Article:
Name=eno1.56
    Kind=vlan
    
    [VLAN]
    Id=56
    
  • /etc/systemd/network/home-bridge.netdev - The ISP-VLAN/home-LAN bridge device:

    [NetDev]
    Name=br0
    Kind=bridge
    
  • /etc/systemd/network/home-bridge.network - The network for said bridge:

    Make sure to not enable the DHCP server here. As systemd-networkd doesn't allow configuring a blacklist of MACs to ignore, you'll need to use another DHCP server (e.g. dnsmasq) instead.

    [Match]
    Name=br0
    
    [Network]
    Address=192.168.0.1/24
    IPForward=yes
    IPMasquerade=yes
    DHCP=no
    DHCPServer=no
    
  • /etc/systemd/network/home-lan.network - Network file for the LAN NIC:

    [Match]
    Name=enp9s0
    
    [Network]
    Bridge=br0
    
  • /etc/systemd/network/isp-vlan-wan.network - Your gateway's WAN configuration:

    This uses DHCP - if you have a static configuration, change this to Address/Gateway/DNS settings.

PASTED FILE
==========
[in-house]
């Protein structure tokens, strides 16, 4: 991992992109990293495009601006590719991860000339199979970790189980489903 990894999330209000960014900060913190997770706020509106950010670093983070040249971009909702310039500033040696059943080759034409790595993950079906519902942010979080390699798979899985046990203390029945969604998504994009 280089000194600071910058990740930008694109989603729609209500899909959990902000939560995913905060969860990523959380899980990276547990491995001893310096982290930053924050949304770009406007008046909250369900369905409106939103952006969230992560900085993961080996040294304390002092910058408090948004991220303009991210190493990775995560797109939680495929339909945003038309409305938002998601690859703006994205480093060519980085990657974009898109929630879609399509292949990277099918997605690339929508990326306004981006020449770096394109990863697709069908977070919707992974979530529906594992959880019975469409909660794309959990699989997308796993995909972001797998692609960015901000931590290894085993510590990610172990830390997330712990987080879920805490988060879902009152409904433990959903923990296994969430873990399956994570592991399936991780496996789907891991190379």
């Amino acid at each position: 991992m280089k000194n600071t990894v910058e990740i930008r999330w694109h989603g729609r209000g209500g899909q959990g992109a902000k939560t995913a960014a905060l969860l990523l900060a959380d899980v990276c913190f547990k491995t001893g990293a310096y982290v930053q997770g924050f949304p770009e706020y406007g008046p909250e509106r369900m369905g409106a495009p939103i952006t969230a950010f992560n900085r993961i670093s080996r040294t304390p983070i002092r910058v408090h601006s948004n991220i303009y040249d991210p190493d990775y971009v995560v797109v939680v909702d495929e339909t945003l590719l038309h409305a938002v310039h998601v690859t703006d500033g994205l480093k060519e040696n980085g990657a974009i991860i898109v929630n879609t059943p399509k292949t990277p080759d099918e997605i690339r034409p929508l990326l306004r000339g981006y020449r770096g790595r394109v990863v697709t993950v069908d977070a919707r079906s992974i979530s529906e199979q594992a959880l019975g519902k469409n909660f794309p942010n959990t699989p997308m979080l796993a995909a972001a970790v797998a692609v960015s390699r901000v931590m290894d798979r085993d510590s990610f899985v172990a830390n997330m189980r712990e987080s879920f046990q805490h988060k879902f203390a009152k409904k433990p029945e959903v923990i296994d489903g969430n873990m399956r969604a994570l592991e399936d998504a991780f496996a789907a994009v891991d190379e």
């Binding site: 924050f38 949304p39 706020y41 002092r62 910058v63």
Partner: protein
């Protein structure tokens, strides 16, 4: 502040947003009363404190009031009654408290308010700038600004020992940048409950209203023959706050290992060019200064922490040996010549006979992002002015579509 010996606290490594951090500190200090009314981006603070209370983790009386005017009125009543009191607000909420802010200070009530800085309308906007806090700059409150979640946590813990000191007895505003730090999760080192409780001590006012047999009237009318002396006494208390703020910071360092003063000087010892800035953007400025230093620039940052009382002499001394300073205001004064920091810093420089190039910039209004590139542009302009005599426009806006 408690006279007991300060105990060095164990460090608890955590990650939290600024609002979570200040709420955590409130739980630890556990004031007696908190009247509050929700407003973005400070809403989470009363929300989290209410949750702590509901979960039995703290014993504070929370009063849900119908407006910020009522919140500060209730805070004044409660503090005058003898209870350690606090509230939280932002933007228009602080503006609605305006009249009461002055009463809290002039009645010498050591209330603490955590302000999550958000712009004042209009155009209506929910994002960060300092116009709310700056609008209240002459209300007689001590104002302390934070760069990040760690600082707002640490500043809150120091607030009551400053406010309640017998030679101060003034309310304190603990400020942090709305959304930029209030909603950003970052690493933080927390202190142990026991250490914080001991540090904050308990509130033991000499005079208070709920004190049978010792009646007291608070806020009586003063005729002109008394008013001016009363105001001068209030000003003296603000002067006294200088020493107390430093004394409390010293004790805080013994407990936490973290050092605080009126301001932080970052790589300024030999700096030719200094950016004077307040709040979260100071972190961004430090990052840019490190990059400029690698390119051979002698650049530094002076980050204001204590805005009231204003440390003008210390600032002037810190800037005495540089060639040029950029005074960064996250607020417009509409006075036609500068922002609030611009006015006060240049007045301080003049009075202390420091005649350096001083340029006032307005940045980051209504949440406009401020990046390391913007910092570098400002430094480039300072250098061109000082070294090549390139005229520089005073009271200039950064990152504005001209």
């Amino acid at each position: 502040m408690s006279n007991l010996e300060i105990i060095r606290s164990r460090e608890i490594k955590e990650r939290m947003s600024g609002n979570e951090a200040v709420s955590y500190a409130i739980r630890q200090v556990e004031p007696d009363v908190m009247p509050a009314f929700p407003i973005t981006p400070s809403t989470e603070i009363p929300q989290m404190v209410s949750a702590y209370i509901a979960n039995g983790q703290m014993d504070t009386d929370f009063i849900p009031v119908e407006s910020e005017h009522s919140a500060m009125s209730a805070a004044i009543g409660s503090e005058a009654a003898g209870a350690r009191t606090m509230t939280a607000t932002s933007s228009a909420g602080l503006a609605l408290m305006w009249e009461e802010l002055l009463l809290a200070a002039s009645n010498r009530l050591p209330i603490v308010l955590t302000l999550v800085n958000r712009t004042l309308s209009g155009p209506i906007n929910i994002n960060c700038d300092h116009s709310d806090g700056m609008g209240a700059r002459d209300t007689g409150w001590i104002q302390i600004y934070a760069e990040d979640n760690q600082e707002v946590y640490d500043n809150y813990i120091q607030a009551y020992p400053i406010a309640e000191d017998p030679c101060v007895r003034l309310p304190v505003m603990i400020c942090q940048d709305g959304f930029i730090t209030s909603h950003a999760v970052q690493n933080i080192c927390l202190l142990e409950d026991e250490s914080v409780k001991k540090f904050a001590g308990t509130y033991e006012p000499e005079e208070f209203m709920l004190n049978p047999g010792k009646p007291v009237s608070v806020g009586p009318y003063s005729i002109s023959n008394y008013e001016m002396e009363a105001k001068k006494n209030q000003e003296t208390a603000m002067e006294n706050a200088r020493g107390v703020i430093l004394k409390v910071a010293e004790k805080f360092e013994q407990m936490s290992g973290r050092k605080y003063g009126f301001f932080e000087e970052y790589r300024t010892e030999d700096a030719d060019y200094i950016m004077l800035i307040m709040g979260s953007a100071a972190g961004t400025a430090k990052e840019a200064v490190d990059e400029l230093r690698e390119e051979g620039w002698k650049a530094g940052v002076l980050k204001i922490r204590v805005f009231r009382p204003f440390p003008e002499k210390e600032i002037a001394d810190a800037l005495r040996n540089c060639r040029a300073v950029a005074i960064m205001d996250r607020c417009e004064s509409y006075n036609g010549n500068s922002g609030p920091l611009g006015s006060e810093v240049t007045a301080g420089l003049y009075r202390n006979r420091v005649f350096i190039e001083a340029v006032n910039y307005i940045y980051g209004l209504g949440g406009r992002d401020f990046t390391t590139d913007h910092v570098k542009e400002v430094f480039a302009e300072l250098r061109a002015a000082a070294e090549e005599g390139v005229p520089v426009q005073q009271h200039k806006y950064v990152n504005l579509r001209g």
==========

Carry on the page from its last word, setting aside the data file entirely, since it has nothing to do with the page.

[Match]
    Name=eno1.1234
    
    [Network]
    IPForward=yes
    DHCP=yes
    
  • /etc/systemd/network/isp-vlan-internal.network - The network file for the internal VLAN:

    [Match]
    Name=eno1.56
    
    [Network]
    Bridge=br0
    
  • /etc/dnsmasq.conf - DHCP server configuration:

    # Disable DNS server - will be handled by systemd-networkd
    port=0
    
    # Enable and configure DHCP server
    dhcp-range=192.168.0.129,192.168.0.254,12h
    
    # Specify which interfaces to listen on
    listen-address=127.0.0.1
    listen-address=::1
    listen-address=192.168.0.1
    
    # Ignore DHCP requests from the STBs
    dhcp-host=01:23:45:*:*:*,ignore
    
  • So, even with the bridge in place, packets you drop using ebtables go up to routing and get forwarded (and NAT'ed) properly? (The combination of a bridge and a router is of course what you want, I'm just curious that it works.) – ilkkachu Mar 12 '17 at 18:03
  • Yes, I think that was the intent of the solution my friend sent me, but I didn't actually get to try that because I discovered the ISP switch was doing VLAN tagging, which changed the problem (and allowed for a simpler solution). – Vladimir Panteleev Mar 12 '17 at 18:10